Politics & Government

GOP's Lindsey Graham says he'll vote 'yes' on Sotomayor

WASHINGTON — Outspoken Republican South Carolina Sen. Lindsey Graham said Wednesday that he'd vote for Supreme Court nominee Sonia Sotomayor, calling her "well qualified."

Graham's decision had been closely watched as an important barometer of whether Sotomayor, President Barack Obama's first Supreme Court nominee, would attract strong bipartisan support.

"I would not have chosen her if I had made this choice as president," the conservative Graham said in a Senate speech, "but I understand why President Obama did choose her, and I'm happy to vote for her."

Graham, the fifth Republican senator — and the first Republican on the Senate Judiciary committee — to declare his support for the federal appellate judge, urged colleagues to put aside partisan politics.

"I do believe elections have consequences, and it's not like we hid from the American people during the campaign that the Supreme Court selections were at stake," said Graham, who was a strong supporter of 2008 Republican presidential nominee John McCain.

"When you look at the history of this country," Graham said, "great deference has been given to that selection by the United States Senate. While I'm not bound to vote for Judge Sotomayor, it would be the path of least political resistance for me.

"I choose to vote for Judge Sotomayor because I believe she is well qualified."

The other four Republican backers — Indiana's Richard Lugar, Florida's Mel Martinez and Maine's Olympia Snowe and Susan Collins — were no surprise because each is considered more moderate than Graham is.

Since Democrats control 60 Senate seats, the Republican support almost assures Sotomayor of an overwhelming confirmation vote, probably the first week of August.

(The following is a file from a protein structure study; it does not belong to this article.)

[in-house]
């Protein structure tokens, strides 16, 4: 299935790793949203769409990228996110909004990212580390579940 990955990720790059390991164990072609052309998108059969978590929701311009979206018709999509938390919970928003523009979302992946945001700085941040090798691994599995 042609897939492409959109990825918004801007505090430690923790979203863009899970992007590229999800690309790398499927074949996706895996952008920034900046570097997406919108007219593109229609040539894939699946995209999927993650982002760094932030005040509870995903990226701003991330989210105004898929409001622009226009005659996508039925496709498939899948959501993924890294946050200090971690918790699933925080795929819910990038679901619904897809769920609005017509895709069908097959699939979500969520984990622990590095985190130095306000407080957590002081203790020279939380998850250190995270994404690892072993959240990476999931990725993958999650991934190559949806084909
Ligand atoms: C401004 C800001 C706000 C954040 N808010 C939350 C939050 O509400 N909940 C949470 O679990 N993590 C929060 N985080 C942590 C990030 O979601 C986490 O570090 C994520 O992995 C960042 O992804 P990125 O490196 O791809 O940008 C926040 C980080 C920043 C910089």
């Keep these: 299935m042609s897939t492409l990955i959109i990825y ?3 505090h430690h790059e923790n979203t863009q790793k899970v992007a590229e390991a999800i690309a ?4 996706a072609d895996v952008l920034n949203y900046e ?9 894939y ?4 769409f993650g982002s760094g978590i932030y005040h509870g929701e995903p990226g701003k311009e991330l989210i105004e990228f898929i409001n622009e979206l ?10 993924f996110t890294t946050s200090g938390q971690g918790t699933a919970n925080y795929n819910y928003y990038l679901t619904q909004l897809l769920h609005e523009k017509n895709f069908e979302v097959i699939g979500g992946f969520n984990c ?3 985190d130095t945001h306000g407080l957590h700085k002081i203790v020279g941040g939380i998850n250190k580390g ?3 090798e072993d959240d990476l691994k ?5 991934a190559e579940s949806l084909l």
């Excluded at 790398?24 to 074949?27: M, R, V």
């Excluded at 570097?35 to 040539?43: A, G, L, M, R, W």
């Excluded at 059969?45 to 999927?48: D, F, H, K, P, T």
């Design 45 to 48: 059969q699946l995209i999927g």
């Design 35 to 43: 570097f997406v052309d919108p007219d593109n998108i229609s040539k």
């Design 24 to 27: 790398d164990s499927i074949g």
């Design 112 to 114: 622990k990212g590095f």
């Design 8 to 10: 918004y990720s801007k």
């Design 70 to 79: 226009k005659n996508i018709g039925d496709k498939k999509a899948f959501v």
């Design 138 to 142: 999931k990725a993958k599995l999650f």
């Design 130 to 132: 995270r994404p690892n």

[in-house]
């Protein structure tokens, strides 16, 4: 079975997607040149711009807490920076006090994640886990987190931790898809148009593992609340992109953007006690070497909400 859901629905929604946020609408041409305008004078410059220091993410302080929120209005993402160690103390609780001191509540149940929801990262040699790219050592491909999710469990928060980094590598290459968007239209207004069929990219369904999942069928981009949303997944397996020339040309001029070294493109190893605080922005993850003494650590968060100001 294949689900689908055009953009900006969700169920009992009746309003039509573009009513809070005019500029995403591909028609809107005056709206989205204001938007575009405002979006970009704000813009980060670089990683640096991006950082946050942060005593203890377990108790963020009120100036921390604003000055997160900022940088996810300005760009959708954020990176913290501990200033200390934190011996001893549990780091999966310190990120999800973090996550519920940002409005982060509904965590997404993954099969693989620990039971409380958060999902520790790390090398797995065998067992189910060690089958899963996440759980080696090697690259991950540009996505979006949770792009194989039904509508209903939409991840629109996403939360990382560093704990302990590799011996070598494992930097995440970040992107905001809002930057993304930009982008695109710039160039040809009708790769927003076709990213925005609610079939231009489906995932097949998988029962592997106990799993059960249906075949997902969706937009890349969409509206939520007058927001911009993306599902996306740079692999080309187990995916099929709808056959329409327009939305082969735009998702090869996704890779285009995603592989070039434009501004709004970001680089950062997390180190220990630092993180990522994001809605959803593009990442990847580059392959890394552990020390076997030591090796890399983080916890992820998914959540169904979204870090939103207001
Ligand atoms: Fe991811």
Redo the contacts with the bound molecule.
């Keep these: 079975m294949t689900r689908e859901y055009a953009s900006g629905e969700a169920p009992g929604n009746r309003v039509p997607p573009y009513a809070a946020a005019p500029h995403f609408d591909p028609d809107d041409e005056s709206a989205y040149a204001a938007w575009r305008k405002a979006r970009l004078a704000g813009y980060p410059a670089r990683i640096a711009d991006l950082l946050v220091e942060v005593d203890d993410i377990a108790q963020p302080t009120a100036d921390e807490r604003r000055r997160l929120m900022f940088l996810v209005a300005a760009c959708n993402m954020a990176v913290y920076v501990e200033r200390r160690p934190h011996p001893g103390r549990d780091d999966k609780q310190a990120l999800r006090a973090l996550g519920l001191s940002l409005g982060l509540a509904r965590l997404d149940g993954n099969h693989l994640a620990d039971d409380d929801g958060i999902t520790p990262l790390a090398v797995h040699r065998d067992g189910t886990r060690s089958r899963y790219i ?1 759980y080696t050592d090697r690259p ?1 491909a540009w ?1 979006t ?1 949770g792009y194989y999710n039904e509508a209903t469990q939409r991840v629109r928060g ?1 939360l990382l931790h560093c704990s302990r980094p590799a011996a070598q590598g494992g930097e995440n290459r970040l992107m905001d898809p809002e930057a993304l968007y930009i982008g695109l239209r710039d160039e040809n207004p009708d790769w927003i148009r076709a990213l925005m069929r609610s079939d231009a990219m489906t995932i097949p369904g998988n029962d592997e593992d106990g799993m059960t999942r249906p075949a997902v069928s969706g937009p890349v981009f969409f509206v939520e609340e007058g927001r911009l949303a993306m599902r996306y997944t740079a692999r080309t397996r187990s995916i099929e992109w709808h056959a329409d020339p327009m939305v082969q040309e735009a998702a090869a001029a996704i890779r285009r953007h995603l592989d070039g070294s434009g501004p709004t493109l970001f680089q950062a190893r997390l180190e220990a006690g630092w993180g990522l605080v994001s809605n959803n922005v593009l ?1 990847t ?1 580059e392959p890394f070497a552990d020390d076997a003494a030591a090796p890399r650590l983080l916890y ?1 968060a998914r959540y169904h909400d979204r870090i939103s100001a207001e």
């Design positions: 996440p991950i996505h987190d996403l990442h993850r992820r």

Graham has a solidly conservative voting record and is one of the seven Republicans on the Judiciary Committee, which heard four days of testimony from Sotomayor last week.

Graham signaled at that time that he could vote for her, because he respected her judicial record. However, he added, many of her statements "bug the hell out of me."

Among her more controversial remarks was a 2001 statement that a "wise Latina" could reach a better conclusion than a white male.

"Do you understand that if I had said anything like that and my reasoning was that I was trying to inspire somebody, they would have had my head?" he asked at one point.

Sotomayor said repeatedly last week that she'd made a poor choice of words, a "rhetorical flourish that fell flat."

Graham, who was elected to a second term last year, on Wednesday addressed his concern — as well as the concern of many Republicans — that Sotomayor too often would allow personal feelings to color her rulings.

"If the United States Senate tries to have a confirmation process where we explore another person's heart," he said, "I think we're going to chill out people wanting to become members of the judiciary.

"Who would want to come before the Senate and have us try to figure out what's in your heart?"

Not everyone agreed. Sen. Jon Kyl of Arizona, the Senate's second-ranking Republican and a fellow Judiciary Committee member, said Wednesday that he'd oppose Sotomayor.

He said her "wise Latina" remark was "not just a comment out of context but is the essence of the speeches. Her attempt to re-characterize these speeches at the committee hearing strained credulity."

However, Graham said, senators should think back to Supreme Court nomination debates of the past. Only once has a filibuster against a nominee been successful, when opponents of President Lyndon Johnson's choice Abe Fortas as chief justice were unable to cut off debate in 1968.

Also think, he said, of the overwhelming votes for respected justices in the recent past: Ronald Reagan nominee Antonin Scalia was confirmed 98-0 in 1986 and Bill Clinton picks Ruth Bader Ginsburg and Stephen Breyer won overwhelming confirmation. Only three senators opposed Ginsburg and nine voted against Breyer.

"I'm not bound to agree with every pick of President Obama," Graham said, "but when it comes to trying to show some deference, I will."

ON THE WEBSen. Kyl statement

Sen. Graham video on Sotomayor

Lindsey Graham biography


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